There is No Problem at Chelsea Football Club

LONDON, ENGLAND - DECEMBER 30: Maurizio Sarri manager of Chelsea during the Premier League match between Crystal Palace and Chelsea FC at Selhurst Park on December 30, 2018 in London, United Kingdom. (Photo by Marc Atkins/Getty Images)

Chelsea’s latest game, a 1-1 draw with struggling Southampton attracted a lot of criticism towards the team’s recent performances. They are lacking in fluidity going forward and are having a dry period in front of goal, scoring just 11 times in their last ten matches, compared to 20 in their first ten league matches. With the transfer window now open, it is clear a striker is needed. Not only do Chelsea need to score more goals but they need to spread the goals further throughout the team.

This much is evident but, so far, what is going wrong? Not too much, when you look realistically. Sarri is doing an exceptional job with a group of players that aren’t his. Leagues are not won by one game, they are not lost by one game. Managers are not defined by half a season, they are made over time. There is no problem at Chelsea Football Club. There needs to be a broader spectrum, people need to look at all the details. They need to think comparatively, not assume.

There is no Problem at Chelsea Football Club

A Messy Pre-Season

Things need to be taken into consideration. Chelsea finished fifth last year. They were poor all season. Laboured. Antonio Conte was under pressure from the media all year, giving bad interviews and sending bad messages to players and the board. The FA Cup success was a send-off for Conte and no more. It was a disastrous season.

The bad blood continued long into the summer. With speculation over Conte still strong and Thibaut Courtois not coming back, nothing was cleared up by Chelsea. Sarri was appointed with just four weeks until the Community Shield. For a top club, this is poor planning.

Arsenal set out and did the right thing. Arsene Wenger announced retirement before the end of the season, Unai Emery came in and signings were made. He had some time post-World Cup to start to embed his ideas.

For Sarri then to only have one player of ‘his own’ brought in before deadline day was less than adequate. Luckily, they managed to get deals for Mateo Kovacic and Kepa Arrizabalaga over the line and things were looking up.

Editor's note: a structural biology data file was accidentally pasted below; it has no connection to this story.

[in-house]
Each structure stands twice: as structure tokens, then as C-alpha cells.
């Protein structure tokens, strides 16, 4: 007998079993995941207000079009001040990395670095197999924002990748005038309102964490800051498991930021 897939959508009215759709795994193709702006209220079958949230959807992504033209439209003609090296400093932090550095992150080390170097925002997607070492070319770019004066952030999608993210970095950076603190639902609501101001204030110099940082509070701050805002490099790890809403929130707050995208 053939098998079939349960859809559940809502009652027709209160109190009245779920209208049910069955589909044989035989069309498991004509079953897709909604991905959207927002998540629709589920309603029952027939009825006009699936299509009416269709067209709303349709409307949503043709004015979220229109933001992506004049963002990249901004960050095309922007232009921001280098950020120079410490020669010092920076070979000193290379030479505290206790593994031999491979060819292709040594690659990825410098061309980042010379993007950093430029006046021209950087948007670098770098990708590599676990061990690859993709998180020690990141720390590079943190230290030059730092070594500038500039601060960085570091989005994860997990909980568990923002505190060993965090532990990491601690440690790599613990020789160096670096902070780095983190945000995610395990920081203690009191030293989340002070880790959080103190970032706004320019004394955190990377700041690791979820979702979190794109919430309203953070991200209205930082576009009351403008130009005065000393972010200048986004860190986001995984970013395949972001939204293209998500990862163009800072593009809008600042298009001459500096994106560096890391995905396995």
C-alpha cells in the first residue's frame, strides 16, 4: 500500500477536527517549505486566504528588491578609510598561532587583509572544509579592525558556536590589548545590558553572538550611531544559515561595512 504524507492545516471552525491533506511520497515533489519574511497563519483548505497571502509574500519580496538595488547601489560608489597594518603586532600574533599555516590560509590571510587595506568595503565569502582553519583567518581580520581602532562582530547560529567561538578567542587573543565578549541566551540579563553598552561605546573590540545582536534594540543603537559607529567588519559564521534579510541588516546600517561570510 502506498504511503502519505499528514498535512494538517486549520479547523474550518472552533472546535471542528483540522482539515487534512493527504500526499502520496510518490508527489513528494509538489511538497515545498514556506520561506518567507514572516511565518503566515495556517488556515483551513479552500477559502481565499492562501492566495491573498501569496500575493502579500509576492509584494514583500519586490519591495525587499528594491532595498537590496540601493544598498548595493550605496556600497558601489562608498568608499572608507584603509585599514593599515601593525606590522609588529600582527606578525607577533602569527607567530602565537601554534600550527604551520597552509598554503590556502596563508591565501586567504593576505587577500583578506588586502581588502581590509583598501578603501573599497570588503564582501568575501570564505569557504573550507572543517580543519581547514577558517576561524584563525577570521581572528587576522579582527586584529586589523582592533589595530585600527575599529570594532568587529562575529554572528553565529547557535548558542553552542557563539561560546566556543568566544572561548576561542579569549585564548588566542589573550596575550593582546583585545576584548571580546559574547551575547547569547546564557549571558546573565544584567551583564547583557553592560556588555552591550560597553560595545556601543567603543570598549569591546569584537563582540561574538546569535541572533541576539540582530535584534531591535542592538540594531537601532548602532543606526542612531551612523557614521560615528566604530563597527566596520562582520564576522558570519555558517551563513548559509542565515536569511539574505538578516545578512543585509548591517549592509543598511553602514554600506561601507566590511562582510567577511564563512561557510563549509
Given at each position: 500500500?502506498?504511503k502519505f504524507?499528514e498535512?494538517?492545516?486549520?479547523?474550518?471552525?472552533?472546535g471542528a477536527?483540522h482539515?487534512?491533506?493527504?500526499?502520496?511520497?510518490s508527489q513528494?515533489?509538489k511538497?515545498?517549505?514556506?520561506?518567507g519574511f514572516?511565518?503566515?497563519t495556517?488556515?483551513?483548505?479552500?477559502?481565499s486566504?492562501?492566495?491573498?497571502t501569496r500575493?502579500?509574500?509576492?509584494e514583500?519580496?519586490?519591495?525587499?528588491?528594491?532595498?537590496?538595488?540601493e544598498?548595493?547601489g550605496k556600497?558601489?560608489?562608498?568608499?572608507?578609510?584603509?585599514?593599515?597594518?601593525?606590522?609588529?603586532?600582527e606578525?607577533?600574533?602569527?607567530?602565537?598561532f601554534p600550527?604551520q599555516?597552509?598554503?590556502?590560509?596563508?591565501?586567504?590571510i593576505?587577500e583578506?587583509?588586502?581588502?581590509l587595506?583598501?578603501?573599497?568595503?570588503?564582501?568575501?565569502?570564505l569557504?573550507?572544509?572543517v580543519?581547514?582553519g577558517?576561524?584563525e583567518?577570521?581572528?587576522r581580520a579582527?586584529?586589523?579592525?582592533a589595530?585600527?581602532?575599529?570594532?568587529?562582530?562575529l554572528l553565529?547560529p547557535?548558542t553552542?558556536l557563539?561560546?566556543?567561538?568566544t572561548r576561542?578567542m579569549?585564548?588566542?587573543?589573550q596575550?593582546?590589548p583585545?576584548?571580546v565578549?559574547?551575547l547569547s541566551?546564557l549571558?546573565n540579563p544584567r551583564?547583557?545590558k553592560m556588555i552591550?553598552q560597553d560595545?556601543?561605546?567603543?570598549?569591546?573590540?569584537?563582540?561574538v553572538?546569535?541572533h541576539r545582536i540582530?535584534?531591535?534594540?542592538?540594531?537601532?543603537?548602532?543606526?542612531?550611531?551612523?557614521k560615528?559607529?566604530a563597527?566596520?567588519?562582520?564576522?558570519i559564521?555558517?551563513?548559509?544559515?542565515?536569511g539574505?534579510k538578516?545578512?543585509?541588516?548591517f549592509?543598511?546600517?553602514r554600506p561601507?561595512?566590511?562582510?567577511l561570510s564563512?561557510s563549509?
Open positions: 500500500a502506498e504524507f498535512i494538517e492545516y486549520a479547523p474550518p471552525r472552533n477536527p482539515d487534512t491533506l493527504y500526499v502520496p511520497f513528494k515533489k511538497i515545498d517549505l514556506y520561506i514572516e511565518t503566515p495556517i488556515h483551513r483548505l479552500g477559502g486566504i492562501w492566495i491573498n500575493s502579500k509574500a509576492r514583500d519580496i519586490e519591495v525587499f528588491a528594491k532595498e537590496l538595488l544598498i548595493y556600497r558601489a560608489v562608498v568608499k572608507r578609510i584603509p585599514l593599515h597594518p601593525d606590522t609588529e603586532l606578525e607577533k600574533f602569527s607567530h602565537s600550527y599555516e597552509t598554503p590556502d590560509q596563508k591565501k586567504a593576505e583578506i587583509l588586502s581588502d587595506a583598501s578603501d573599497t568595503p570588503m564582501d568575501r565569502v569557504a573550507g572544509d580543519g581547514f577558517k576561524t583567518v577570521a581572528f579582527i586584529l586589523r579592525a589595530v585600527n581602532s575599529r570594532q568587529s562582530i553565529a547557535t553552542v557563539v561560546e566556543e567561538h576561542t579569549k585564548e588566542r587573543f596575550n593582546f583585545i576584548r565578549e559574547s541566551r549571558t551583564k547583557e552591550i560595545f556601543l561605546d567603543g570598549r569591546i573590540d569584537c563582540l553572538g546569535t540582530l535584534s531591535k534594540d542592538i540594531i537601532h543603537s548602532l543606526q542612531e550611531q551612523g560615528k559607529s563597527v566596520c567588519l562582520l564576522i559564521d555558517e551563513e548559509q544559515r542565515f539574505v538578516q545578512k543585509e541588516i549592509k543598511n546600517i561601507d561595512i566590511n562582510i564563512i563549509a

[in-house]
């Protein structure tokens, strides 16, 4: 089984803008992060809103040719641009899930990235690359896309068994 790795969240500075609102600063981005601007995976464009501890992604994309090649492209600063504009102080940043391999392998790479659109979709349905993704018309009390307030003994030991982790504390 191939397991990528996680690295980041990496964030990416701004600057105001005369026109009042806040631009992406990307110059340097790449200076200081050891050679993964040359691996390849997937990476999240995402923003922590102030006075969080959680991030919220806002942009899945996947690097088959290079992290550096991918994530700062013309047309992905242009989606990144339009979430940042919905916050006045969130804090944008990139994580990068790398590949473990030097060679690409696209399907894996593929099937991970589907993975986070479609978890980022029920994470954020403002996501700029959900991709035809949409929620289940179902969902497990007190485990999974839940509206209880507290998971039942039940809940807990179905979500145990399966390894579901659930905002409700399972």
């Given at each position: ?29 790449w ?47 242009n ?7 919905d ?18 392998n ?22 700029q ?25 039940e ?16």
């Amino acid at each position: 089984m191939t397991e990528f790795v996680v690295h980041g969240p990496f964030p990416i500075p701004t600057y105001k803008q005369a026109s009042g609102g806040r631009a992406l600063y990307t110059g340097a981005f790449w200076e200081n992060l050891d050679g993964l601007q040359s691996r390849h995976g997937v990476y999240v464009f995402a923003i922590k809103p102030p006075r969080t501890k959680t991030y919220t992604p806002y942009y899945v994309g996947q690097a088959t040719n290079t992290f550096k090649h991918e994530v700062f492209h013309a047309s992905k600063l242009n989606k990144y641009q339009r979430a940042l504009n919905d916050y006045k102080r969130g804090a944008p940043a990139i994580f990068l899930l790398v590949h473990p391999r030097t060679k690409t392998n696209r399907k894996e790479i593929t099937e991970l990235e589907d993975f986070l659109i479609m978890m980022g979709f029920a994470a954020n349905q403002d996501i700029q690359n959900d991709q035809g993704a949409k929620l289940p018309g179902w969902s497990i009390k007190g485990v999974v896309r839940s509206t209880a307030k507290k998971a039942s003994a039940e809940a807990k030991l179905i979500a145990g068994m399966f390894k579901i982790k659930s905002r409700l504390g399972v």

Chelsea’s board were again a shambles. No order, no decision.


Chelsea are a club with such high standards, so a slow start for Sarri was never going to be accepted. Realistically, though, Chelsea still need to be judged properly. They have a new manager, someone who looks to be a plan for the future. A coach, and Chelsea’s first proper coach.

Sarri is also trying to change systems while keeping success. It is never going to be easy or quick. With players he doesn’t know as players or personally, this process is made even harder.

The Italian also has the task of getting to know his surroundings, the league, build bonds with the board, and win. All at once. This doesn’t happen.


Pep Guardiola didn’t win the league in his first season. He didn’t win a trophy. After a good start, Manchester City were inconsistent but showed signs of how Guardiola would play football in England. He had to shift players, invest over £200 million is his defence and take a season to get the feel for everything.

Jurgen Klopp finished eighth in his first half season as manager, only then taking fourth for the next two years. They came behind Spurs and Manchester United last year and the face for the top four went down the final day.

These are the front runners. They have both been there for three or more years, Klopp now being in his fourth. Sarri has been at Chelsea for less than six months.

On top of this, compared to Conte’s first season, he not only has to change team ideologies from a defensive team to attacking free-flowing team. Meanwhile, he has to cope with a Europa League schedule meaning they cannot work on formations, positions, phases and movements during the week.

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